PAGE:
Nanoscale Heat Transport
We use optical pump-probe techniques to explore heat transport over sub-micron length scales and at interfaces between dissimilar materials. The work aims to understand what guides energy transfer, particularly at metal-dielectric interfaces and in new nanoscale materials such as graphene, in order to guide the development of useful electronic devices that can withstand the heat dissipated while in operation. Currently we exploit Frequency-Domain Thermo-Reflectance (FDTR) and Time-Domain Thermo-Reflectance (TDTR), incorporating techniques such as frequency mixing or beam offsetting the pump and probe beams to explore quasi-ballistic and anisotropic heat transfer regimes.
Future data storage technologies aim to continue exploiting magnetic materials as storage medium. Whether for Heat-Assisted Magnetic Recording (HAMR), All-Optical magnetization Switching (AOS) or Magnetic Random Access Memories (MRAM), detailed knowledge of the dynamics of the magnetic spins is necessary to engineer useful data storage systems and predict how well they scale as the technology is advanced and bit size is reduced. The dynamic behavior of magnetic spins is well known at low temperatures down to picosecond time scales. However, as the electron temperature approaches the Curie point, the magnetization dynamics becomes richer, can't be described within the Landau-Lifshitz-Gilbert framework and longer-lived phenomena ensue. We explore the magnetization dynamics near these thermal limits with the aim of improving predictive models. To this end, our facilities allow us to study magnetic materials over variable heating/cooling time scales, and with arbitrary magnetic field orientation.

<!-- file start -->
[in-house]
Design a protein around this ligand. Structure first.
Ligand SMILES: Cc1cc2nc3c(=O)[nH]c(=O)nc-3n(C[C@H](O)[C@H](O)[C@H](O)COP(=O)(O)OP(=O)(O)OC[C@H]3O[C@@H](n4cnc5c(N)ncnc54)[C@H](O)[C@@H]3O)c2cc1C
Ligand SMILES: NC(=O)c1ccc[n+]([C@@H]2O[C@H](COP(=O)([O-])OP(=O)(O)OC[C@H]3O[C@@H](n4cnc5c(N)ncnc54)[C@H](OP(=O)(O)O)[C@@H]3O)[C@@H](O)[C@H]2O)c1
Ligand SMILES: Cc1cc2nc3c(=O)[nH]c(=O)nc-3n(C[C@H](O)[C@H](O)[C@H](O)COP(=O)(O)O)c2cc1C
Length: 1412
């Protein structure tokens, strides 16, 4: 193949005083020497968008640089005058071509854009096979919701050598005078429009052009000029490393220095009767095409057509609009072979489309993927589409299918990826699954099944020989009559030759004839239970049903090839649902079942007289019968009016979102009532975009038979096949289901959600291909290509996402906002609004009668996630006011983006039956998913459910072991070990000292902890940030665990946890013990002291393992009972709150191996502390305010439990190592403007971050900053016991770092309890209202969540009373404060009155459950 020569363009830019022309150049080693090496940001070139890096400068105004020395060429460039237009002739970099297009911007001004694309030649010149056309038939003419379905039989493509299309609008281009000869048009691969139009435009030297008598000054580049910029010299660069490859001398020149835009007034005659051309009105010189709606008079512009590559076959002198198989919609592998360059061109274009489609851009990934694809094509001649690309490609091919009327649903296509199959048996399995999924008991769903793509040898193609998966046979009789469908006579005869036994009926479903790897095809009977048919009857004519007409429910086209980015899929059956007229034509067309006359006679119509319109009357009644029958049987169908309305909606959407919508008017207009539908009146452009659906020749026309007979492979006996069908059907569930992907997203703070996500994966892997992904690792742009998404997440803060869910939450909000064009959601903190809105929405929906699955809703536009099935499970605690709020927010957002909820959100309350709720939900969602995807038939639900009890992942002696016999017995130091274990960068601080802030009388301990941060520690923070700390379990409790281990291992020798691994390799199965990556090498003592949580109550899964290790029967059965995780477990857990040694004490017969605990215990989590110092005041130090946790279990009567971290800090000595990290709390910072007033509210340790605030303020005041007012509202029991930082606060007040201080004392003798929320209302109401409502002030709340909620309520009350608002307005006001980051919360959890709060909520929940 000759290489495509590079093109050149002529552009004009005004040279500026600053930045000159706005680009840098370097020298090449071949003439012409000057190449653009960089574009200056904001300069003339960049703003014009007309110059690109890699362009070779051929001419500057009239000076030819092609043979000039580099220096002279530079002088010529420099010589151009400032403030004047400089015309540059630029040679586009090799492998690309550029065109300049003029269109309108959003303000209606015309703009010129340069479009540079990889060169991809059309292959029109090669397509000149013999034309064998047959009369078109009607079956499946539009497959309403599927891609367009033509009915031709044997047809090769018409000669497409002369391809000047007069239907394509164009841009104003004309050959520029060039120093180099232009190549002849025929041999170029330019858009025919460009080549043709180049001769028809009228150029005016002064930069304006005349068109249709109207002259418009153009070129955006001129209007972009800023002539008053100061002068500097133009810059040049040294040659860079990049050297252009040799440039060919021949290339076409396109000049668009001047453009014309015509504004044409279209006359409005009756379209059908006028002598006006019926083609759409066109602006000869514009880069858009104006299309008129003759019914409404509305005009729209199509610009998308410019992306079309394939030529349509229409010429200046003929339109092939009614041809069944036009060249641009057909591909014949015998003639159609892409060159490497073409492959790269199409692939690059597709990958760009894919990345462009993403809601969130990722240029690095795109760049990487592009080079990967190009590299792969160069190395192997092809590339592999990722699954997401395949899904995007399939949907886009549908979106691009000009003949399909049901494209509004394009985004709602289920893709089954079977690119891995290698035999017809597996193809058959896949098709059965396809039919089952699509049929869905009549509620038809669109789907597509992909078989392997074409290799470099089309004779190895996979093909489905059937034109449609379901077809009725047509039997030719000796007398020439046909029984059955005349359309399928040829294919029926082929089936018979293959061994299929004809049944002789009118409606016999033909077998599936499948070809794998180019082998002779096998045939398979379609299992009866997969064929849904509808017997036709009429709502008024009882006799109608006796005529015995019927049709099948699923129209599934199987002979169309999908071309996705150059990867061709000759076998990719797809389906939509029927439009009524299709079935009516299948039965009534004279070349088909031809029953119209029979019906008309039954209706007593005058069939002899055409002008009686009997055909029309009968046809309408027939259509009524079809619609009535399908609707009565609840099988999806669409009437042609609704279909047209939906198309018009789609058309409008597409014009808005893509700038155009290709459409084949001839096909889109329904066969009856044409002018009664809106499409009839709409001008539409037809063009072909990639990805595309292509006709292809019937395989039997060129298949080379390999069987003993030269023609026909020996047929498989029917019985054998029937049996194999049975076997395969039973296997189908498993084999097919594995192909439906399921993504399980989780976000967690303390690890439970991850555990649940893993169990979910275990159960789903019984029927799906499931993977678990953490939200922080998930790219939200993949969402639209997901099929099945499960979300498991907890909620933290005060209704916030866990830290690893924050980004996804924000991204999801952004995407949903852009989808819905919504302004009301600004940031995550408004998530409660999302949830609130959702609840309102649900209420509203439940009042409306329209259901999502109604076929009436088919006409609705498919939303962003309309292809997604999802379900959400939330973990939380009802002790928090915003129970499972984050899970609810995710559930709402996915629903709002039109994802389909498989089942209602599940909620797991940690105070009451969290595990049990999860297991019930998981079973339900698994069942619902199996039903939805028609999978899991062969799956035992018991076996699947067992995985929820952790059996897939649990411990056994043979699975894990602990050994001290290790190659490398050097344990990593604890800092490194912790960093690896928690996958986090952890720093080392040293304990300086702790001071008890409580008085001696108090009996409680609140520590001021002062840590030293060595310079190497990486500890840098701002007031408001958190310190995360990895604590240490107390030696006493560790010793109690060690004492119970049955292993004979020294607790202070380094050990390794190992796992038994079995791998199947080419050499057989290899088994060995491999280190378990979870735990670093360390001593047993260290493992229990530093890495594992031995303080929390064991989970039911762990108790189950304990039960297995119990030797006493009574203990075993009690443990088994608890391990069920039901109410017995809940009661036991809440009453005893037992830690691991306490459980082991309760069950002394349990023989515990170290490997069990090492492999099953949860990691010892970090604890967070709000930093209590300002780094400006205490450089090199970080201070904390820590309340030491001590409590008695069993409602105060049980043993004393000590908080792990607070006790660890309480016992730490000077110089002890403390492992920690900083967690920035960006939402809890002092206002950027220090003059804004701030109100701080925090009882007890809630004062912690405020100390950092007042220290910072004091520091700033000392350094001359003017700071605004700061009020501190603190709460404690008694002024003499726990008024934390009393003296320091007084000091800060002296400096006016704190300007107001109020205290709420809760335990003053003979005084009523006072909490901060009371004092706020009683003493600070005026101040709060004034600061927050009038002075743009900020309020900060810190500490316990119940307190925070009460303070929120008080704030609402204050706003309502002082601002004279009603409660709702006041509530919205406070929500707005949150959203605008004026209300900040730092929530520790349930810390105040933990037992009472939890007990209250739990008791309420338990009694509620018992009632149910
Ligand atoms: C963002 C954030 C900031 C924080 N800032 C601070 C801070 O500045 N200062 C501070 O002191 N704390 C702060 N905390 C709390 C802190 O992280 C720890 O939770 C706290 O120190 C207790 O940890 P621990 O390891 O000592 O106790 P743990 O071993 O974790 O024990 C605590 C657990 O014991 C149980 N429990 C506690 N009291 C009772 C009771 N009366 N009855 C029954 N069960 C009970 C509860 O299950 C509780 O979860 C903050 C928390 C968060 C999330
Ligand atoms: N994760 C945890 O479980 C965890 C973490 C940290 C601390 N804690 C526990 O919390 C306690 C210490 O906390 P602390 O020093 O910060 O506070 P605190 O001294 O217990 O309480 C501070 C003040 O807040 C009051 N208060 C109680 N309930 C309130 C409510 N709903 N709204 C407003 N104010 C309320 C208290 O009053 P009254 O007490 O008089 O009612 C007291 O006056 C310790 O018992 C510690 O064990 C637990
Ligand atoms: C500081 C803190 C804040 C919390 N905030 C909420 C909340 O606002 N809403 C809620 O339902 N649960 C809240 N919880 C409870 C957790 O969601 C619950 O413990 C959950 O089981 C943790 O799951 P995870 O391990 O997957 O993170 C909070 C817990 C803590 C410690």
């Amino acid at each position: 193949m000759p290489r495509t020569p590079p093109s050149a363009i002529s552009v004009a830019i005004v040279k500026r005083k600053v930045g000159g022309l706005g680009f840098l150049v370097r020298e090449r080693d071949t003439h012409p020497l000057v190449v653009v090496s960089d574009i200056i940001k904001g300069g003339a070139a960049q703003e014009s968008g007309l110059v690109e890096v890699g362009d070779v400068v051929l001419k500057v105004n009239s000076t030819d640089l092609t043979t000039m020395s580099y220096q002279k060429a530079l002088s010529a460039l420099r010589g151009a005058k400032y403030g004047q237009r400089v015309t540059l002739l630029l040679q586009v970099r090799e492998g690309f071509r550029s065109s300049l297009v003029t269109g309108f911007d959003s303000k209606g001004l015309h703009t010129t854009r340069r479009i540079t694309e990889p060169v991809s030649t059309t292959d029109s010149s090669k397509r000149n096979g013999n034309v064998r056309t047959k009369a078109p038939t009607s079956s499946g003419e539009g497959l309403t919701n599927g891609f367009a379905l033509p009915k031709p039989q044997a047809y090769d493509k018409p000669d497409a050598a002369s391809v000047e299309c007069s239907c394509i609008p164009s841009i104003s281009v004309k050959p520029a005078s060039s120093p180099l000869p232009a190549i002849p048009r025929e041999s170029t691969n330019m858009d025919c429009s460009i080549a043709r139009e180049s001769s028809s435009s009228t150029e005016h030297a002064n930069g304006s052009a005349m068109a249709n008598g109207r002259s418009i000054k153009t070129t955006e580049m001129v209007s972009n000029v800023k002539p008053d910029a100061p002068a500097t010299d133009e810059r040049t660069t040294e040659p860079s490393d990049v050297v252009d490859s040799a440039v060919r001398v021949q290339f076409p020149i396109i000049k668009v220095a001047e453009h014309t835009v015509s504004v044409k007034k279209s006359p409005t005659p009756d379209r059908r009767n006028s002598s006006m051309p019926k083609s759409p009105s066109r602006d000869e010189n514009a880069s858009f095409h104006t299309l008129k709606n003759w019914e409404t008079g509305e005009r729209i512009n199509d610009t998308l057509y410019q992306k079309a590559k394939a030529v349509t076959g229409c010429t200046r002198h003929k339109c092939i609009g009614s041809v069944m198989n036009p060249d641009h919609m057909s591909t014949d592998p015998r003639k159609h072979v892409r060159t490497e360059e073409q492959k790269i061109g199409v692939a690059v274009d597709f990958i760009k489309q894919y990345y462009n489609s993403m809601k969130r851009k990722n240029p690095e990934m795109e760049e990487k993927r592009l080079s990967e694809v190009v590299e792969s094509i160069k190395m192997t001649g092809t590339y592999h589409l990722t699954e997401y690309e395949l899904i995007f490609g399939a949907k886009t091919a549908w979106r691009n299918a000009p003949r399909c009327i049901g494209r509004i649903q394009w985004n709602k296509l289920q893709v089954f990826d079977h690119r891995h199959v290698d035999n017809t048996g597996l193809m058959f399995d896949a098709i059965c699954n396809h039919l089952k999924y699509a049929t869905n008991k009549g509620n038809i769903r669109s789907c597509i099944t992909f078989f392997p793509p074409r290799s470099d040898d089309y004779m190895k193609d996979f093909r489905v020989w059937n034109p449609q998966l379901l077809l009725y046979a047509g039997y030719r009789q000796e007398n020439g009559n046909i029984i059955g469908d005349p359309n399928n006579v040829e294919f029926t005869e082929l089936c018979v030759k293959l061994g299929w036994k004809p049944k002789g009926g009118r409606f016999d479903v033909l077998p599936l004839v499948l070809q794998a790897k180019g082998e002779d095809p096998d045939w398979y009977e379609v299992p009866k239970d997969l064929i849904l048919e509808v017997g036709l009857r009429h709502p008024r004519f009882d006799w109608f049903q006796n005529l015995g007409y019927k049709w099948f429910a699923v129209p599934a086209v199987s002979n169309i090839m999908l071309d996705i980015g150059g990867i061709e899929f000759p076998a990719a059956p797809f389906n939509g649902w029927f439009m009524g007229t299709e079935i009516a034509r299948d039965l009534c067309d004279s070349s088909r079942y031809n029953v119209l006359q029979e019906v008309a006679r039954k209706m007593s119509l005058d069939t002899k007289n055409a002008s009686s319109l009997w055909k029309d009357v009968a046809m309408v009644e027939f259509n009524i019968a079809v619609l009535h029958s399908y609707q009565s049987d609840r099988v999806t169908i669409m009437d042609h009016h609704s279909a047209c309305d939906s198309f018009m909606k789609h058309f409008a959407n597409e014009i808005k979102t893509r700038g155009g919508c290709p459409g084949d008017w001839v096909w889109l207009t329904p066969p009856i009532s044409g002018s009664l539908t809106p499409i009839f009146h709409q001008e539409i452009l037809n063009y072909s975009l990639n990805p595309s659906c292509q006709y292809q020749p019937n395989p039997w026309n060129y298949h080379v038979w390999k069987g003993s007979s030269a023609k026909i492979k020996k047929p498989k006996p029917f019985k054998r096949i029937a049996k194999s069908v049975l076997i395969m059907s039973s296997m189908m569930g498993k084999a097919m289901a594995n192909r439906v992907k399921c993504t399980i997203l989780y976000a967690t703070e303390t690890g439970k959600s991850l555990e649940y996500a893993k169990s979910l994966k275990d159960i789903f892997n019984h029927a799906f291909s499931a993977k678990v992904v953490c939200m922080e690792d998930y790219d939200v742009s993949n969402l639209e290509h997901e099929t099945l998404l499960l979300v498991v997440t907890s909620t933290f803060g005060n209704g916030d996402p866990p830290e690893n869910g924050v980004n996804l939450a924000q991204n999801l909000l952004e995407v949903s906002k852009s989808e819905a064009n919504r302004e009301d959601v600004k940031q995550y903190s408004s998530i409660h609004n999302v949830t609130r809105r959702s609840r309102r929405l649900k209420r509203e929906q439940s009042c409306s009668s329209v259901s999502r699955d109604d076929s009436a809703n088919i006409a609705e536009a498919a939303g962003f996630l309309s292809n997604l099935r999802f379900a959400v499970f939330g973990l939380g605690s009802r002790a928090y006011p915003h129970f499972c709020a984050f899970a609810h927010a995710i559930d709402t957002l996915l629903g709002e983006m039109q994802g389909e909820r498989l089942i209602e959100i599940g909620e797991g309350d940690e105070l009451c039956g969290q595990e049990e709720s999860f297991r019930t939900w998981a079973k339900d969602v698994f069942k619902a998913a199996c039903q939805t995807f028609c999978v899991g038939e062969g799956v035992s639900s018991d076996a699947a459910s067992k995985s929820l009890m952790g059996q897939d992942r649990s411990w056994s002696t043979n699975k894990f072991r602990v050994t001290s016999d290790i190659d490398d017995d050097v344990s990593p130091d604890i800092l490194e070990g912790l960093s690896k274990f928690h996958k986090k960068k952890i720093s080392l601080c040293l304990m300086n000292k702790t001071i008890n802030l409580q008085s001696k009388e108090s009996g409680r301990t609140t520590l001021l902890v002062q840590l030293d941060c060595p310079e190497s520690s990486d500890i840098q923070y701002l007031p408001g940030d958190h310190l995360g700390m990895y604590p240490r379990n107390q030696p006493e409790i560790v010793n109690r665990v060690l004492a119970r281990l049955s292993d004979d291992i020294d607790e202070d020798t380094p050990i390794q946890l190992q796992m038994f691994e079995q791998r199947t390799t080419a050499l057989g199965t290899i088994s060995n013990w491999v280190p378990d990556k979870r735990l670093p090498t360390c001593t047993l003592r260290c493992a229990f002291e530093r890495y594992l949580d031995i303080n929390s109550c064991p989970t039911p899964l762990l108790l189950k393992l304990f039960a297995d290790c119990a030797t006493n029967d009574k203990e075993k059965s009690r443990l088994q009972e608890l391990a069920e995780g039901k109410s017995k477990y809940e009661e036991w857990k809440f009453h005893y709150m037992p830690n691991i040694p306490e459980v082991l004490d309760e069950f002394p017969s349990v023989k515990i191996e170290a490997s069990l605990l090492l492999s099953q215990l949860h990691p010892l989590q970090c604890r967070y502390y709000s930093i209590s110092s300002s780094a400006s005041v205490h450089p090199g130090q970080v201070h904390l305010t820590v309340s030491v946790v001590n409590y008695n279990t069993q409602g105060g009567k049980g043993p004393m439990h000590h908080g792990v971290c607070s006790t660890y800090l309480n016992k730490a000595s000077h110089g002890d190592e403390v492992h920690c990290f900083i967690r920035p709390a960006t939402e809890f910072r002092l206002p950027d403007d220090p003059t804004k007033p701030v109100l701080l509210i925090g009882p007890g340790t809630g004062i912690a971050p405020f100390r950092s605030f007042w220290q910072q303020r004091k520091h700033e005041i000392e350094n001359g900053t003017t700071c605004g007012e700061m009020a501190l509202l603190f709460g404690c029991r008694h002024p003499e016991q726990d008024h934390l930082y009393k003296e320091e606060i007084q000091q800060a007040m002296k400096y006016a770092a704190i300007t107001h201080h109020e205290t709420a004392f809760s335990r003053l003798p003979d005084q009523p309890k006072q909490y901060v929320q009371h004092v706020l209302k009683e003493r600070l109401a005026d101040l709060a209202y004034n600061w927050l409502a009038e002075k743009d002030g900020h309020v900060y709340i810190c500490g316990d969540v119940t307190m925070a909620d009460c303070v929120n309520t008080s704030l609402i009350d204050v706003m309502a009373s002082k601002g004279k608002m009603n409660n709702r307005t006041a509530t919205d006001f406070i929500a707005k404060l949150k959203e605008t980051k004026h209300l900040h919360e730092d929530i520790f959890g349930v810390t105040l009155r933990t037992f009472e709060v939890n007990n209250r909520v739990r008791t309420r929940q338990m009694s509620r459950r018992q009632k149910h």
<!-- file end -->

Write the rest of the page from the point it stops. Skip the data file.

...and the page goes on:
We frequently collaborate with the following groups: